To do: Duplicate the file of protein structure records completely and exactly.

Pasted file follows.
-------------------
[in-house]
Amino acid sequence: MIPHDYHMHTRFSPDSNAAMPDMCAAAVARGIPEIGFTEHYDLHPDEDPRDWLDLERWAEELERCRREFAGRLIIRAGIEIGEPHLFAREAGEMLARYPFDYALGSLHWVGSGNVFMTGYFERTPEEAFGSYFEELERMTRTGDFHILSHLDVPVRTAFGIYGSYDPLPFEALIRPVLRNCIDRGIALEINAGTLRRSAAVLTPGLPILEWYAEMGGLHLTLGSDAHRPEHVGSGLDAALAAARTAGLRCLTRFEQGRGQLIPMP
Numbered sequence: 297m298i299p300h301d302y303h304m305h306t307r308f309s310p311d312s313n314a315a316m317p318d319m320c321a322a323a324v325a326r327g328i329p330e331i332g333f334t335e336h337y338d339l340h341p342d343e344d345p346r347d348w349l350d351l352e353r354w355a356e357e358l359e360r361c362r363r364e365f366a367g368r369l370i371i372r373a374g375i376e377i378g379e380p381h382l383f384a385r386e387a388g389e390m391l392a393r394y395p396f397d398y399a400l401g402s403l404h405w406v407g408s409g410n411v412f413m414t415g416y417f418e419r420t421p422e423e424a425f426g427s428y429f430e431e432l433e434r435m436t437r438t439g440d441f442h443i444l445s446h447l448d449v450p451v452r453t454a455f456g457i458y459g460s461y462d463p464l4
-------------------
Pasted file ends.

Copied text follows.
[in-house]
Amino acid sequence: MIPHDYHMHTRFSPDSNAAMPDMCAAAVARGIPEIGFTEHYDLHPDEDPRDWLDLERWAEELERCRREFAGRLIIRAGIEIGEPHLFAREAGEMLARYPFDYALGSLHWVGSGNVFMTGYFERTPEEAFGSYFEELERMTRTGDFHILSHLDVPVRTAFGIYGSYDPLPFEALIRPVLRNCIDRGIALEINAGTLRRSAAVLTPGLPILEWYAEMGGLHLTLGSDAHRPEHVGSGLDAALAAARTAGLRCLTRFEQGRGQLIPMP
Numbered sequence: 297m298i299p300h301d302y303h304m305h306t307r308f309s310p311d312s313n314a315a316m317p318d319m320c321a322a323a324v325a326r327g328i329p330e331i332g333f334t335e336h337y338d339l340h341p342d343e344d345p346r347d348w349l350d351l352e353r354w355a356e357e358l359e360r361c362r363r364e365f366a367g368r369l370i371i372r373a374g375i376e377i378g379e380p381h382l383f384a385r386e387a388g389e390m391l392a393r394y395p396f397d398y399a400l401g402s403l404h405w406v407g408s409g410n411v412f413m414t415g416y417f418e419r420t421p422e423e424a425f426g427s428y429f430e431e432l433e434r435m436t437r438t439g440d441f442h443i444l445s446h447l448d449v450p451v452r453t454a455f456g457i458y459g460s461y462d463p464l4